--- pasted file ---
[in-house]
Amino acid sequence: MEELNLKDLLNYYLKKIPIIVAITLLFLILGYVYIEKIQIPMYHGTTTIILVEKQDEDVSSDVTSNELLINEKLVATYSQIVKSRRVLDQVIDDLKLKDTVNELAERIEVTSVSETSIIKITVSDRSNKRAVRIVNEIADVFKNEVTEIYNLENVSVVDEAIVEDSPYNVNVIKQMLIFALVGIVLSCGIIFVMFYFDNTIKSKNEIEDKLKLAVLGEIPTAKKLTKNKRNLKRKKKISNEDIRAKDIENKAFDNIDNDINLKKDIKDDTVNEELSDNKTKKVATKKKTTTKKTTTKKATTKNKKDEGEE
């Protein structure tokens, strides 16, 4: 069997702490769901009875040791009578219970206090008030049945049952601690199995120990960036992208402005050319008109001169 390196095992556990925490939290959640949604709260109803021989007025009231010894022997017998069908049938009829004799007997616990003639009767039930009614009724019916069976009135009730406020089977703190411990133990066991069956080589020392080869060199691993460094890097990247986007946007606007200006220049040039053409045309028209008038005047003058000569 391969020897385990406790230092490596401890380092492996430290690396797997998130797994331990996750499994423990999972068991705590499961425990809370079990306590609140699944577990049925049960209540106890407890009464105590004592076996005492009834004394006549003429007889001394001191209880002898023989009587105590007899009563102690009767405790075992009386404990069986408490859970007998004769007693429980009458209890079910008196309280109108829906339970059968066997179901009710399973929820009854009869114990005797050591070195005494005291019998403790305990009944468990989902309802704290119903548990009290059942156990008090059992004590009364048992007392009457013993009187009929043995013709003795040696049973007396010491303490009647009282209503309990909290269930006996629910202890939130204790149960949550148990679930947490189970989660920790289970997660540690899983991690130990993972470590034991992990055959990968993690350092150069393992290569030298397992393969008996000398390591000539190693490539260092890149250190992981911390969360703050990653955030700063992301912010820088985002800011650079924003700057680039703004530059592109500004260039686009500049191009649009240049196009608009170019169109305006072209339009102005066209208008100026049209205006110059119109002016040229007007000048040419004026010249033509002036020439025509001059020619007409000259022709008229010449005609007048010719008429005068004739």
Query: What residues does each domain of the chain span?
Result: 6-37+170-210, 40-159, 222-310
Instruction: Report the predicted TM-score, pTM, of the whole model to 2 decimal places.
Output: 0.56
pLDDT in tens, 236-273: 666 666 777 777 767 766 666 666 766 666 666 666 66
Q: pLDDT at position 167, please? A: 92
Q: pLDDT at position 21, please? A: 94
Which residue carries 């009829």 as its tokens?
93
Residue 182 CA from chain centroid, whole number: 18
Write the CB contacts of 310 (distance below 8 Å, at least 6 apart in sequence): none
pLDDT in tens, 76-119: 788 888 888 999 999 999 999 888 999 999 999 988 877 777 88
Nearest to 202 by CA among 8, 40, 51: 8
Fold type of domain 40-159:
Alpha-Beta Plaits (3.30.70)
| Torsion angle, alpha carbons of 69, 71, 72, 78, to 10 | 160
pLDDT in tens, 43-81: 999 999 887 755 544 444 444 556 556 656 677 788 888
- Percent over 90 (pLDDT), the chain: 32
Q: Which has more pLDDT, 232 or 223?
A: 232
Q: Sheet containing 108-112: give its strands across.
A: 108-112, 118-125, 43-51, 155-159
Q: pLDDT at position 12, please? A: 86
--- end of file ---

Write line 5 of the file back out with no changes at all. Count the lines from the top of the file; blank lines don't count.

Result: 6-37+170-210, 40-159, 222-310